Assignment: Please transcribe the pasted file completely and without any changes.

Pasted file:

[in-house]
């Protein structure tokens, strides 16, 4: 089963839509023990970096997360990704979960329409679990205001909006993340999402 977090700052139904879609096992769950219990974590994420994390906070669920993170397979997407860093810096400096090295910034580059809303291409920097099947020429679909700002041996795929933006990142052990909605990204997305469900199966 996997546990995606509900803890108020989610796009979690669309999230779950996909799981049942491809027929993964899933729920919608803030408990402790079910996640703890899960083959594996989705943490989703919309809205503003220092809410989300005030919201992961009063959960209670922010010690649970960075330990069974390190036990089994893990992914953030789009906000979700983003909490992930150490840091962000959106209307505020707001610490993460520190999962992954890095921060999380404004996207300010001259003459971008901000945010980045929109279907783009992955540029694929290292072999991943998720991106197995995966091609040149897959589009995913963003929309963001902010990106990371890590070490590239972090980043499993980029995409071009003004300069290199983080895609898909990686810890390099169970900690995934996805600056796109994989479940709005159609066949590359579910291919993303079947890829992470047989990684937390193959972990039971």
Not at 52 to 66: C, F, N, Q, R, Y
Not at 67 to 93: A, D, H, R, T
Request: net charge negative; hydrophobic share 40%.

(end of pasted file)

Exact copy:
[in-house]
């Protein structure tokens, strides 16, 4: 089963839509023990970096997360990704979960329409679990205001909006993340999402 977090700052139904879609096992769950219990974590994420994390906070669920993170397979997407860093810096400096090295910034580059809303291409920097099947020429679909700002041996795929933006990142052990909605990204997305469900199966 996997546990995606509900803890108020989610796009979690669309999230779950996909799981049942491809027929993964899933729920919608803030408990402790079910996640703890899960083959594996989705943490989703919309809205503003220092809410989300005030919201992961009063959960209670922010010690649970960075330990069974390190036990089994893990992914953030789009906000979700983003909490992930150490840091962000959106209307505020707001610490993460520190999962992954890095921060999380404004996207300010001259003459971008901000945010980045929109279907783009992955540029694929290292072999991943998720991106197995995966091609040149897959589009995913963003929309963001902010990106990371890590070490590239972090980043499993980029995409071009003004300069290199983080895609898909990686810890390099169970900690995934996805600056796109994989479940709005159609066949590359579910291919993303079947890829992470047989990684937390193959972990039971």
Not at 52 to 66: C, F, N, Q, R, Y
Not at 67 to 93: A, D, H, R, T
Request: net charge negative; hydrophobic share 40%.